The Advantage of Building Returns from Higher Starting Points

The post-pandemic economic recovery has produced a unique set of circumstances defying many historic models that analysts, economists and market practitioners have utilized as guiding principles. The past year featured several harbingers of recession such as a mini banking crisis, an inverted yield curve, and restrictive monetary policy. To date, these factors have not led to severe market declines. However, the risks are again rising. The economy is now showing increasing signs of weakness as the full weight of the Fed’s interest rate hikes comes into view and valuation risks have returned to levels not seen since right before 2022’s steep price declines.

Navigating such a challenging environment requires a disciplined approach focused on capturing consistent profits and avoiding large losses. To us this means not riding with financial markets, but selectively investing in assets that offer compelling returns over the next 18-24 months with high margins of safety. Equally important is to avoid assets with unacceptable risks that can lead to debilitating losses. By doing this, we believe we can consistently compound returns, which is key to building and maintaining wealth.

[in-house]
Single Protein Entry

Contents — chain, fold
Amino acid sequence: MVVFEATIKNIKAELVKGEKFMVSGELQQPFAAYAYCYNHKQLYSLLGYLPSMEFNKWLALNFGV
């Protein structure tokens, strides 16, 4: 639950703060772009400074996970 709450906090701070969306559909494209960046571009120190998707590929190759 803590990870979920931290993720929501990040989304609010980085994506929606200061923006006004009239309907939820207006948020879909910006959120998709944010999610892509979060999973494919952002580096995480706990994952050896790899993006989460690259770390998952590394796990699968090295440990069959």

An important aspect of our approach is to avoid significant losses so we can build your next return from a more advantageous starting point. Not only does the portfolio recover faster, but it allows us to avoid chasing risky assets in difficult environments and help meet your objectives. This is because even if performance lags during sharp upward moves in markets, the advantage of starting from higher lows can still create better overall results. Chart 1 illustrates the point using the results of our Dynamic Equity Portfolio.

Year-End Market Rally Seems Premature

Turning to the financial markets, both the equity and bond markets speculatively rallied into close of the year on better inflation data and the Federal Reserve’s statement that further interest rate increases may not be necessary in its fight against inflation. In its commentary, the Fed signaled that real rates (Fed Funds Rate minus inflation) had tightened enough throughout the fall to justify up to three rate cuts totaling 0.75% for the upcoming year.